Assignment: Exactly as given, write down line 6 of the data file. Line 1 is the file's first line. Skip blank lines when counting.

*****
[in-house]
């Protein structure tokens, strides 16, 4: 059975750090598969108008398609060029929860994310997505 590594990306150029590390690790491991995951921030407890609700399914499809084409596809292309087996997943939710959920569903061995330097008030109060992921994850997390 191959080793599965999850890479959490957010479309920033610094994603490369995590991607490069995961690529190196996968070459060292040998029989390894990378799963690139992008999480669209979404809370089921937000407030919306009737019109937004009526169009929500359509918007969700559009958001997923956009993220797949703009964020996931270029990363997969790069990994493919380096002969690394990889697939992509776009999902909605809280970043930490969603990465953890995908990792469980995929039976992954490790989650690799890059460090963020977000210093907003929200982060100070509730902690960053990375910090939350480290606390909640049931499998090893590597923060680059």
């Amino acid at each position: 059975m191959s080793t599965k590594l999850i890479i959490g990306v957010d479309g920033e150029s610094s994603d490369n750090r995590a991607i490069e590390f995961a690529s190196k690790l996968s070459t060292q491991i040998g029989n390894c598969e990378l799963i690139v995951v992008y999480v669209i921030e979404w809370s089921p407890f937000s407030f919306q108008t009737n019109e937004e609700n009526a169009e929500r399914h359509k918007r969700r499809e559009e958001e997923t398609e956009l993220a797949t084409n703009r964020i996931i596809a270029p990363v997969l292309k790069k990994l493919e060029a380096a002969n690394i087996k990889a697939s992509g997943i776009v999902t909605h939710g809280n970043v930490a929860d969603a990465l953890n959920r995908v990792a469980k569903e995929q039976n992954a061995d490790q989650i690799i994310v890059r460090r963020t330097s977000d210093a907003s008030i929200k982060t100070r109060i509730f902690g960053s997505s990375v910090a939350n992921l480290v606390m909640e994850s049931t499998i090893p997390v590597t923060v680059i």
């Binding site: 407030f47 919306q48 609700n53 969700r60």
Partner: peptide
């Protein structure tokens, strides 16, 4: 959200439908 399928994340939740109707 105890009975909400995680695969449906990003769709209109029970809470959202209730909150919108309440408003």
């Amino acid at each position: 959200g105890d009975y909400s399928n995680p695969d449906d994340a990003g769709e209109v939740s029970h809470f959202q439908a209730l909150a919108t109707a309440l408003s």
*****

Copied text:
């Protein structure tokens, strides 16, 4: 959200439908 399928994340939740109707 105890009975909400995680695969449906990003769709209109029970809470959202209730909150919108309440408003």